“Who was your first love?”
I’m at a coffee shop with a new friend. I get nervous. Shifting from sips of coffee to hefty gulps, I lick tiny beads of sweat from my upper lip from the tip of my tongue.
Laughing, I shrug, the coffee mug balancing in between my hands.
“I can’t remember. Is that weird?”
“I mean, who was your first relationship with?”
Now that’s a more difficult question to evade. I pluck a fictional person from the back of my mind; someone I’ve conjured a few times before. He’s probably a man: thin, tall, likes to skate but isn’t very good at it. His name is Sam, or Joe. I’m indifferent about him.
“We were 16, it didn’t last long.”
“Did you love him?”
Another tricky question. Of course I didn’t love a person that didn’t exist; one that, in order to avoid truthfully answering questions like this, I have constructed six years after the fact. My new friend can tell I didn’t love Sam, or Joe. I wish I had the strength to just say it. My first love was a bad love, can’t I just tell you about the ten-year-old blind dog I fell in love with on the internet? My application to adopt him was rejected because I didn’t have a garden. He’s the one that got away.
“You really can’t remember the first time you were in love?”
Perhaps this new friend won’t last long. I look at the bottom of my mug, swirling dregs of coffee-stained milk and rogue dots of ground beans into one another. Of course, I remember.
When you live through trauma, your brain reconstructs events in fragments. All the pieces exist and most are in the puzzle box. One is under the sofa, another was sucked into the hoover, a few are entirely unaccounted for. As for putting them together? Well, you get the picture.
Years later, I’m handed pieces sporadically and against my will. I’ve learned very quickly to grab those memories by the balls, shove them into a back corner in my brain, mixed in with all the other stuff I don’t want to face at 8.45am on a Tuesday. Eventually I don’t even know what’s back there, but it throbs quietly on my way to work, in between footsteps.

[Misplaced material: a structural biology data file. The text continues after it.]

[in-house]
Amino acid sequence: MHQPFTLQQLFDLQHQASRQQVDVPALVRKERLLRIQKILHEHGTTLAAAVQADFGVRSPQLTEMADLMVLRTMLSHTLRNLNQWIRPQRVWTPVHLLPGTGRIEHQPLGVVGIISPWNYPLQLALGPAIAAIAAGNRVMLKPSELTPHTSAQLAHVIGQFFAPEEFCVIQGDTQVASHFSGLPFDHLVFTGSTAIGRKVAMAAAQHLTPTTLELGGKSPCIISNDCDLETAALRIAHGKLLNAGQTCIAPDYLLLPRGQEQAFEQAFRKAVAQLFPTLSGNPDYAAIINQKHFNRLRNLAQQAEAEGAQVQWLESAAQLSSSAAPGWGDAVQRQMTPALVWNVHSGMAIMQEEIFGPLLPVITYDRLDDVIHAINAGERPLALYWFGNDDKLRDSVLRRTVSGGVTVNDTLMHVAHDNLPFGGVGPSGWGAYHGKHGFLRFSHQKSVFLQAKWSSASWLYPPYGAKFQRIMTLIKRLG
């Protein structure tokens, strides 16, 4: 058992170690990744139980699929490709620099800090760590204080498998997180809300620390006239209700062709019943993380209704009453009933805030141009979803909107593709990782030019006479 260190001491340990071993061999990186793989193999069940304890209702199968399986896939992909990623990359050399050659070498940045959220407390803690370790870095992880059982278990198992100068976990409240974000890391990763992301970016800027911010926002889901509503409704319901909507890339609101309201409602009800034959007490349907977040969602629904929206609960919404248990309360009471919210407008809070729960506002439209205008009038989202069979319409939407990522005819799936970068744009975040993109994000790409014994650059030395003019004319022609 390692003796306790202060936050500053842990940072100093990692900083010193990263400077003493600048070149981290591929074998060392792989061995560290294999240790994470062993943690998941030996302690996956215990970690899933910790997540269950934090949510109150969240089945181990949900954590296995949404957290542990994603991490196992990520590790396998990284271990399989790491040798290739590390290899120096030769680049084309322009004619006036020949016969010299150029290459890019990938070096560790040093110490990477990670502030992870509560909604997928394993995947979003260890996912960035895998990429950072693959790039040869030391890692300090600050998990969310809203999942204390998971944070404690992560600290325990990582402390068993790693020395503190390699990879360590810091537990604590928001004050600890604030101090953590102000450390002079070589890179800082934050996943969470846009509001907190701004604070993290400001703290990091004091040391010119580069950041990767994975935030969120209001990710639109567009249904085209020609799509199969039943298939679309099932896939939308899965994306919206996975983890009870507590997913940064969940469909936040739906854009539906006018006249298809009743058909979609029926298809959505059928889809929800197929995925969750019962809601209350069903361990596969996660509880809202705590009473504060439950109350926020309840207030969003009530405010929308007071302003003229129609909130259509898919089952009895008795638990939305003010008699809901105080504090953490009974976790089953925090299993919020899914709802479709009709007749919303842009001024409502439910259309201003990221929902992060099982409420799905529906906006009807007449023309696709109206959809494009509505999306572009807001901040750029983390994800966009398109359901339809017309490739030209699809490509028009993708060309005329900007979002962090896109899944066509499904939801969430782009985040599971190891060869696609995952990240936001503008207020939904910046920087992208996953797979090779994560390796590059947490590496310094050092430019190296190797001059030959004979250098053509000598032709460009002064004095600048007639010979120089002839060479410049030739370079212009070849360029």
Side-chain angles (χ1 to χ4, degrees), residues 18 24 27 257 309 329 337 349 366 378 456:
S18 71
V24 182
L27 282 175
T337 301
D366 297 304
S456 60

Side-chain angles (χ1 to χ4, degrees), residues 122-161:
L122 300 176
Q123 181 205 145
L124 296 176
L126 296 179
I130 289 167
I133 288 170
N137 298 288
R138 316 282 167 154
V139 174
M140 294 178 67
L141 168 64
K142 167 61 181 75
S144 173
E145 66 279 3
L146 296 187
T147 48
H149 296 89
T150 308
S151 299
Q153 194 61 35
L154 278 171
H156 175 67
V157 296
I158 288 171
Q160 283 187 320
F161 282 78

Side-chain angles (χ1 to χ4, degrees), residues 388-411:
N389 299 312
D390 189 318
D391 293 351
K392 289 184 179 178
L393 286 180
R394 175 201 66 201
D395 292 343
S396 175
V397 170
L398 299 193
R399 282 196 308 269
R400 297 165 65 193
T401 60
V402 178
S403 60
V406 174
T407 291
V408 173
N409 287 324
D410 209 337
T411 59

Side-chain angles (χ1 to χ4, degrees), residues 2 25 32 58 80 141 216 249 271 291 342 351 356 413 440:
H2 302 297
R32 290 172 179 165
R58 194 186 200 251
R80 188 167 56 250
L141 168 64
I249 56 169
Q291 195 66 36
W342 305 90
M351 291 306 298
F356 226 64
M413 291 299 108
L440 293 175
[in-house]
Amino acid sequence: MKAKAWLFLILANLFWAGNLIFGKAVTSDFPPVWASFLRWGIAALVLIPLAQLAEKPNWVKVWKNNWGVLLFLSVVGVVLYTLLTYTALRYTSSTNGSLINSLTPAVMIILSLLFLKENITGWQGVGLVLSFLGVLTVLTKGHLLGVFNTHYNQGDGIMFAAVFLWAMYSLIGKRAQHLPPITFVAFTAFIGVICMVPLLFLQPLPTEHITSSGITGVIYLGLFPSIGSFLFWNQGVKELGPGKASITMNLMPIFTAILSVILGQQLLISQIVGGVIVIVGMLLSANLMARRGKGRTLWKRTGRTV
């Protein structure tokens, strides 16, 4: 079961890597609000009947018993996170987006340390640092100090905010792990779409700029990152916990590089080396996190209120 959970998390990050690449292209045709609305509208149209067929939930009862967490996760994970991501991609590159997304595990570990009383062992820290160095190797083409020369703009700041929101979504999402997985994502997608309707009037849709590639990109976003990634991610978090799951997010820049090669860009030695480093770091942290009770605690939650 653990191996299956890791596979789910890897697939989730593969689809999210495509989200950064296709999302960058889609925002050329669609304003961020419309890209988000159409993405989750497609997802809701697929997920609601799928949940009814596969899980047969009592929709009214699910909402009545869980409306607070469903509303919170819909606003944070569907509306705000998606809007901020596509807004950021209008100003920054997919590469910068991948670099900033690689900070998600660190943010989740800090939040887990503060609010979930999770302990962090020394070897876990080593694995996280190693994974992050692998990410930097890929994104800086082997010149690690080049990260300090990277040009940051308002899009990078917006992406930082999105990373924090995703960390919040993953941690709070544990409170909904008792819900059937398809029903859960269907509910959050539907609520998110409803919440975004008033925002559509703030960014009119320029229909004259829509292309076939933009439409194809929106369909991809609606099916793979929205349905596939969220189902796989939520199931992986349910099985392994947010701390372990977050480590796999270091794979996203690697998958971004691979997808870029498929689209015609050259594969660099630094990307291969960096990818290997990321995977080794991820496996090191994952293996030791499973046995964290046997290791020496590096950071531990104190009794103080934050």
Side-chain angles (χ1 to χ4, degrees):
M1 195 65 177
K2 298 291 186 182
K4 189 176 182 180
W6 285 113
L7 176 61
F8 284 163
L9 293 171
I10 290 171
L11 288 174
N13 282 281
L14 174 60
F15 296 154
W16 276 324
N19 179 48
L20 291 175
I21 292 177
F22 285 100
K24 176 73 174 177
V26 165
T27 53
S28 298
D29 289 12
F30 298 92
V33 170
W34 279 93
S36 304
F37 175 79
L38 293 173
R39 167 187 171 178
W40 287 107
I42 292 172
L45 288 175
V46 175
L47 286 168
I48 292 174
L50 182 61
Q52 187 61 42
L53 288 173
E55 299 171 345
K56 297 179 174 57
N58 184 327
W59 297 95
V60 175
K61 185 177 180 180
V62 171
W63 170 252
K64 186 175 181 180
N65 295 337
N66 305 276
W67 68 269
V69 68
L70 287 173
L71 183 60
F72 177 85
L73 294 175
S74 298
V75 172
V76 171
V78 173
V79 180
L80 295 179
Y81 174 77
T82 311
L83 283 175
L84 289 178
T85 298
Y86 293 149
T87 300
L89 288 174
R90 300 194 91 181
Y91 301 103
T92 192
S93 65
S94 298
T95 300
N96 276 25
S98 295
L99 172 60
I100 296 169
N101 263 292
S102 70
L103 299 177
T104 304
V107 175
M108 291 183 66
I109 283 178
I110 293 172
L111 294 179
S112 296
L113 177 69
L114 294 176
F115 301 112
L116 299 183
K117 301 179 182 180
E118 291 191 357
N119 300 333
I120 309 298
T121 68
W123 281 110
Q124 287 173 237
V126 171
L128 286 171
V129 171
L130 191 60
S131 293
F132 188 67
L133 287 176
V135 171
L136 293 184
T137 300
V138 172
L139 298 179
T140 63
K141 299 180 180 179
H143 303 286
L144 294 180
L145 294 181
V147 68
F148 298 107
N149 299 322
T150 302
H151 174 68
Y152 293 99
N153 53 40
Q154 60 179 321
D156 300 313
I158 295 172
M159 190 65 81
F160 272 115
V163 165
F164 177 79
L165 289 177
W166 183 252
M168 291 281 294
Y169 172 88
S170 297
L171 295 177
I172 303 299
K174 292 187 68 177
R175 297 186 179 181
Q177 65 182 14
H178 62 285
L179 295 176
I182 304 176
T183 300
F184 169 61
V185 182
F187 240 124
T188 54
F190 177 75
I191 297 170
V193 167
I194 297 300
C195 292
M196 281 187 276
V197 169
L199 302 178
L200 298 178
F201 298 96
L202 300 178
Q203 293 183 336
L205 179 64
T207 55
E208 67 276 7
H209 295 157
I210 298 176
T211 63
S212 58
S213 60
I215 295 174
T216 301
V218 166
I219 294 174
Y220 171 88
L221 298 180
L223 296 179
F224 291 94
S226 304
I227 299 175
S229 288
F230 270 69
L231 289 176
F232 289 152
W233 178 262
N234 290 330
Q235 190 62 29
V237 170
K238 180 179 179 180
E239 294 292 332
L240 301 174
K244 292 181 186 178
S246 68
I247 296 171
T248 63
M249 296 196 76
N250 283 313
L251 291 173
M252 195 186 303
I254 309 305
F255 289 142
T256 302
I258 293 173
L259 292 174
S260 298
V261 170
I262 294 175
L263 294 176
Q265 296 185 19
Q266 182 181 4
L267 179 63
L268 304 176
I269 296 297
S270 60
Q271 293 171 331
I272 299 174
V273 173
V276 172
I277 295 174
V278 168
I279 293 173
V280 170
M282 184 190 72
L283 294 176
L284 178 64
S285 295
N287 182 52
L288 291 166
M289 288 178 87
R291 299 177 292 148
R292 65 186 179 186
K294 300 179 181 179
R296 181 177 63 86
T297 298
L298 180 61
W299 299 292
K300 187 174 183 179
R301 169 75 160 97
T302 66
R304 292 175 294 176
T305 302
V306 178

In a sharp and painful contrast to my experience, Western popular culture is saturated with one type of tale of first love. Teen fictions, films and television shows are stamped with bad boy, girl-next-door narratives. In fact, ‘films about first love’ has more or less become a genre in its own right. Consequently, standards and norms have arisen, affecting how people – particularly young people – view themselves and the relationships they form with others. First love is innocent. First love is deep. First love is youthful. For many of us, however, first love was none of these things.
Over a third of women experience abuse in an intimate relationship. In the UK alone, an estimated 1.6 million women were victim of domestic abuse in 2019 alone. With women having an average of four opposite-sex partners over the course of their lifetime, it follows that a significant chunk of these experiences will occur in the context of a first relationship. With no real-life reference points, and an array of inaccurate and deeply problematic pop culture touchstones, young people enter relationships with naivety and an underdeveloped sense of self. In safe hands, this can blossom into something beautiful. But unsafe doesn’t always present itself as such.
Realising we are in a problematic relationship is half the battle. In 2018, Oxford Dictionaries’ word of the year was ‘toxic’ beating out ‘gaslighting’ and ‘techlash’. It’s alarming that two-thirds of that shortlist are about bad relationships and psychological abuse. Sadly, only got worse since then, with a worldwide rise in domestic abuse since the start of the COVID-19 pandemic and with perhaps as many as 80% of adults now experiencing emotional abuse in some area of their life. Toxic relationships can be subtly unhealthy from the start or they can develop from something seemingly positive into something harmful. White lies can snowball into habitual deceit. Negativity can become debilitating. Ultimately, it takes toxicity a while to rear its ugly head.
There is something most of us can agree on though: first love hurts. From throwing chocolates at the TV screen ‘Elle Woods’ style to years of therapy and emotional rebuilding, relationship endings bear similar stings. We’ve come a long way since 2018’s toxic word of the year. Arianna Huffington and Forbes have declared ‘resilience’ as the word for 2021, and so have I.
In the coffee shop, I scoff, knowing I’m about to say something blood-curdlingly corny.
“I’ve had so many first loves”
But it’s true,
- The first time I had rum and raisin ice cream
- The first time I stayed up past my bedtime
- My first really good iced coffee
- My first flat
- My first indoor plant
- Cate Blanchett
- Dev Patel
Over time, I’ve trained myself to recall these comforts. They inhabit the same comforting space in my body, ready to be fondled and replayed.
And so, the bad love is shrinking now. It’s eclipsed by the memories of firsts: kissing someone on a rooftop, meeting my best friend on a mild September morning, being a toddler on a sunny beach, chubby feet splashing in rock pools, lapping up ice cream before it melts into the sand.